suicidal thoughts

A groundbreaking study will help researchers learn more about ways to treat people experiencing suicidal thoughts. Nearly 20,000 patients will be able to participate in a trial that draws from other successful interventions for depression and suicide. One of the treatments being tested was developed with the help of other patients. Each year, over 9 […]

5 Of The Most Helpful Things You Can Say To Someone With Anxiety

For those who haven’t been diagnosed with an anxiety disorder, it might be difficult to truly comprehend what’s going on inside the mind of the 40 million American adultswho live with the condition. What exactly do you say to a loved one who is feeling extreme stress? How do you make them feel better if […]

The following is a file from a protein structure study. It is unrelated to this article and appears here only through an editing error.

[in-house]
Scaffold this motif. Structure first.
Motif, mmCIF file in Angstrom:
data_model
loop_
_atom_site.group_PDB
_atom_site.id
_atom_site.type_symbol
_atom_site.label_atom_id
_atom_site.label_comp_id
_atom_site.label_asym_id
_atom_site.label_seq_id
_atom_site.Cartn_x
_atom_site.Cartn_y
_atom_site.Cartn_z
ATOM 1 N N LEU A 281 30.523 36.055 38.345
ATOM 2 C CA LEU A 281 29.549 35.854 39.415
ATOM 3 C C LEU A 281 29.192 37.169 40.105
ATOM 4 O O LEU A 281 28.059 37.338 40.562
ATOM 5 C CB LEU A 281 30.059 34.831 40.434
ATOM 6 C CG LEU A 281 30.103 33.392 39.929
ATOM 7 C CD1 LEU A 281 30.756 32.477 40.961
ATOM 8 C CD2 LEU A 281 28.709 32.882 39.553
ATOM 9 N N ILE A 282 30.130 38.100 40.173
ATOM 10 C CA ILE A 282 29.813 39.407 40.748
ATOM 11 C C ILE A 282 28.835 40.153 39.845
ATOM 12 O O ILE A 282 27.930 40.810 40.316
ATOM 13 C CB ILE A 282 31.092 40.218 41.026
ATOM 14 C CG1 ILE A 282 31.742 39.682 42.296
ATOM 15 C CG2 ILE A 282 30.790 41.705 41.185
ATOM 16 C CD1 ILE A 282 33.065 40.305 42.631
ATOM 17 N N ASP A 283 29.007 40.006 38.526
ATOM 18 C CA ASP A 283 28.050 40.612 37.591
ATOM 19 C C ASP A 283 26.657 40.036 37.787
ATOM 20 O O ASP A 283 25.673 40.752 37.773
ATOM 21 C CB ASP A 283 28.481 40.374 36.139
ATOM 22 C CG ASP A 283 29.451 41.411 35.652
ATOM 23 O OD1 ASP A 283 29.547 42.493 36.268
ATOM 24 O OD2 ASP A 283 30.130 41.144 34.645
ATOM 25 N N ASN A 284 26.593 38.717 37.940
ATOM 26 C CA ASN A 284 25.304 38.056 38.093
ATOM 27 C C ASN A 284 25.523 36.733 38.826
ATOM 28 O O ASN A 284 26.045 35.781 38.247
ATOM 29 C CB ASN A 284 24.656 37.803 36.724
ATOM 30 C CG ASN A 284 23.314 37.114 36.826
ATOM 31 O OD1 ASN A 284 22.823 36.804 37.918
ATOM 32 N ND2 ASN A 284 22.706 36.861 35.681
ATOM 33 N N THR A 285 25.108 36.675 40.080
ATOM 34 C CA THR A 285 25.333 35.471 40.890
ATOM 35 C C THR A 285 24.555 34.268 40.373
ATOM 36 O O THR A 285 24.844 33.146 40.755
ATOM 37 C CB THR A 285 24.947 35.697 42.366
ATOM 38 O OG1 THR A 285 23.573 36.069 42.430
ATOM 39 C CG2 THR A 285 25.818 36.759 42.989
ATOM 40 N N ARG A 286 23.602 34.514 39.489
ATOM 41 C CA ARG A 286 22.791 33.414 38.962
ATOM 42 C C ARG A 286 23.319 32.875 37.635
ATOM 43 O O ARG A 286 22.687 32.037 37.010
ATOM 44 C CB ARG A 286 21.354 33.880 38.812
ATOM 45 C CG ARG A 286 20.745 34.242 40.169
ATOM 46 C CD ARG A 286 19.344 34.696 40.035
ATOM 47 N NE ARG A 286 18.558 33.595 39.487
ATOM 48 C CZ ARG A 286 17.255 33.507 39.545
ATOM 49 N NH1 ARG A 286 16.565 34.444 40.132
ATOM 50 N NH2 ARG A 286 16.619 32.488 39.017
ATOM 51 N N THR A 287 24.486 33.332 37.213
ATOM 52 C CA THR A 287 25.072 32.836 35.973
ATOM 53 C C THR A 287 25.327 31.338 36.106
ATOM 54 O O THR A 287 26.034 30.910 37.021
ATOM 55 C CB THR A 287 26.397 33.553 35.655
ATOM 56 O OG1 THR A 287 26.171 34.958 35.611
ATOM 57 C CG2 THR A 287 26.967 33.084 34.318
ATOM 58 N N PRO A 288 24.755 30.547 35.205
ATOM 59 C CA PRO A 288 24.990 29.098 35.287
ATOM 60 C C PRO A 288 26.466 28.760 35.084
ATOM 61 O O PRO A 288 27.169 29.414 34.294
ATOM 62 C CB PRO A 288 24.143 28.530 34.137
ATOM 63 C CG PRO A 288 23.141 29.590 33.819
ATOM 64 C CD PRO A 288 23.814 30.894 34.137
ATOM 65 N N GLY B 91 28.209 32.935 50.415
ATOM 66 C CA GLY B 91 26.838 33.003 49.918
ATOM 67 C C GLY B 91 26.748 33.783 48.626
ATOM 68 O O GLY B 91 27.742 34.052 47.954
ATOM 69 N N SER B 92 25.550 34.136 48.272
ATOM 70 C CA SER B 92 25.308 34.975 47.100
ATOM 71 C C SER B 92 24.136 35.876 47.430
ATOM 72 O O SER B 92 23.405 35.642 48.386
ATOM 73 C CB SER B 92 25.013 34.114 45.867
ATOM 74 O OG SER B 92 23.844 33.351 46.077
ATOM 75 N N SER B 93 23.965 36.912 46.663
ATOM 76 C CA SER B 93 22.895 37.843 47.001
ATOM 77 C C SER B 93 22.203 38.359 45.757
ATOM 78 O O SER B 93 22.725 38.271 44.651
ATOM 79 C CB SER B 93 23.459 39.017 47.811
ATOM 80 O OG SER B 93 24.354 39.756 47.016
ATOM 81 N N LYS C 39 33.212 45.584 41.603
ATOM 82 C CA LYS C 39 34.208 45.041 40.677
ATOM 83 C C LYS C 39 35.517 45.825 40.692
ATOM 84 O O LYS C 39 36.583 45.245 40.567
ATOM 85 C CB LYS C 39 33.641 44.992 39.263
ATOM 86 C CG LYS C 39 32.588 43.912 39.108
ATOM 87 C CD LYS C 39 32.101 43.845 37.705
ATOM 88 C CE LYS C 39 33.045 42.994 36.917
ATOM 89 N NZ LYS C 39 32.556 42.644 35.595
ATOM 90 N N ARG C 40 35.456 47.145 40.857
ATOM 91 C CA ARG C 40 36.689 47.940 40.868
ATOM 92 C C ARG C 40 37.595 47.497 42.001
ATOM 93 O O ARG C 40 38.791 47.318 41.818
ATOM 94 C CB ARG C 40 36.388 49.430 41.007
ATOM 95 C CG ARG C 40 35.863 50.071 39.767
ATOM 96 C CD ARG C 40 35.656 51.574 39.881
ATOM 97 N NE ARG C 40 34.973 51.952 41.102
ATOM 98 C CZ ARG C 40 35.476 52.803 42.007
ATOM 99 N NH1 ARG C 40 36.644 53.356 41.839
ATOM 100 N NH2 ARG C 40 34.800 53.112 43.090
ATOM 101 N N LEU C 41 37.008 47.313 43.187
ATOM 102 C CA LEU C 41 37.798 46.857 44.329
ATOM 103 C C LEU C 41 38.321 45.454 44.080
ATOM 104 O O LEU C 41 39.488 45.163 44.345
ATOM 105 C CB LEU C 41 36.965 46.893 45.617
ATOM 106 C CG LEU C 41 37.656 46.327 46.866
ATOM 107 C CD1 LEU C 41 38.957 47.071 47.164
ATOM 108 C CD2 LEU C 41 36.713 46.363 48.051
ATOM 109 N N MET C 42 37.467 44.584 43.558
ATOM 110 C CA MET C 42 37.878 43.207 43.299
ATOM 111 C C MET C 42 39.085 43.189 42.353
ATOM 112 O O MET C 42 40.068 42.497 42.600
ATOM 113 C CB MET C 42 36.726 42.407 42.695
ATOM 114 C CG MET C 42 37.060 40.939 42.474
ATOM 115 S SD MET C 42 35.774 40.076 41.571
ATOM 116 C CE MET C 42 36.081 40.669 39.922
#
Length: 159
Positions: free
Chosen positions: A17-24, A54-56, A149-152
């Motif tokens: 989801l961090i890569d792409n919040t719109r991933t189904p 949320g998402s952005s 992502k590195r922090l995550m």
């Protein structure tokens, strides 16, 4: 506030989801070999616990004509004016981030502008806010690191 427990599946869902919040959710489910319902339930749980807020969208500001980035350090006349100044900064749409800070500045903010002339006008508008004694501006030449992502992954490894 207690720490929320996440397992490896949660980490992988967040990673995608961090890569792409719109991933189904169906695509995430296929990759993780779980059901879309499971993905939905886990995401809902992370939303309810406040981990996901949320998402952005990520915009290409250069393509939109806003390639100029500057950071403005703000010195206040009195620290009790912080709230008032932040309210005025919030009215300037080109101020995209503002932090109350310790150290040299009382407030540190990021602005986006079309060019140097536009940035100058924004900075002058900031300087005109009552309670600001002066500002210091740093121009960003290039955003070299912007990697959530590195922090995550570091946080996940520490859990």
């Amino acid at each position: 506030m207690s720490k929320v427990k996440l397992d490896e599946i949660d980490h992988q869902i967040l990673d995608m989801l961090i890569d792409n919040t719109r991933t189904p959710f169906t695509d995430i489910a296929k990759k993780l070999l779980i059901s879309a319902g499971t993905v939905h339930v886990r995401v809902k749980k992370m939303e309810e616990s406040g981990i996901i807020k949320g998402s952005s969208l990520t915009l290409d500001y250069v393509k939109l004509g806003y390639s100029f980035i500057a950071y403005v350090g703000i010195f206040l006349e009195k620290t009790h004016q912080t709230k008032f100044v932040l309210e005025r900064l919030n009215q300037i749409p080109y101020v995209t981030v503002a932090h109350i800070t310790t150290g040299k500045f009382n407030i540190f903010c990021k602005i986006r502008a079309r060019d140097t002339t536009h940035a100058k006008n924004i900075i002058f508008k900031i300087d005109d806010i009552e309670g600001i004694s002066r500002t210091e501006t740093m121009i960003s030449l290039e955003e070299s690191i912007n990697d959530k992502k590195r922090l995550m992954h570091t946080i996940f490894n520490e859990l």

Retreat Not Defeat: Self-Stigma and Mental Health

I have been stable for the past four years, but now my bipolar disorder has resurfaced. It could have been triggered by stress, meds or the weather change — or equal parts of all of these things — but the reality is that I’m unwell. Saturday highlighted this, as I was in a full hypomanic […]

indian mental health policy

The union health ministry on Friday launched the country’s first ever mental health policy to provide access to good quality treatment to mentally ill people with the focus on those living in poverty. The policy, launched by Union Health Minister Harsh Vardhan, is backed up by the “Mental Health Action Plan 365” which spells out […]

Persistent genital arousal disorder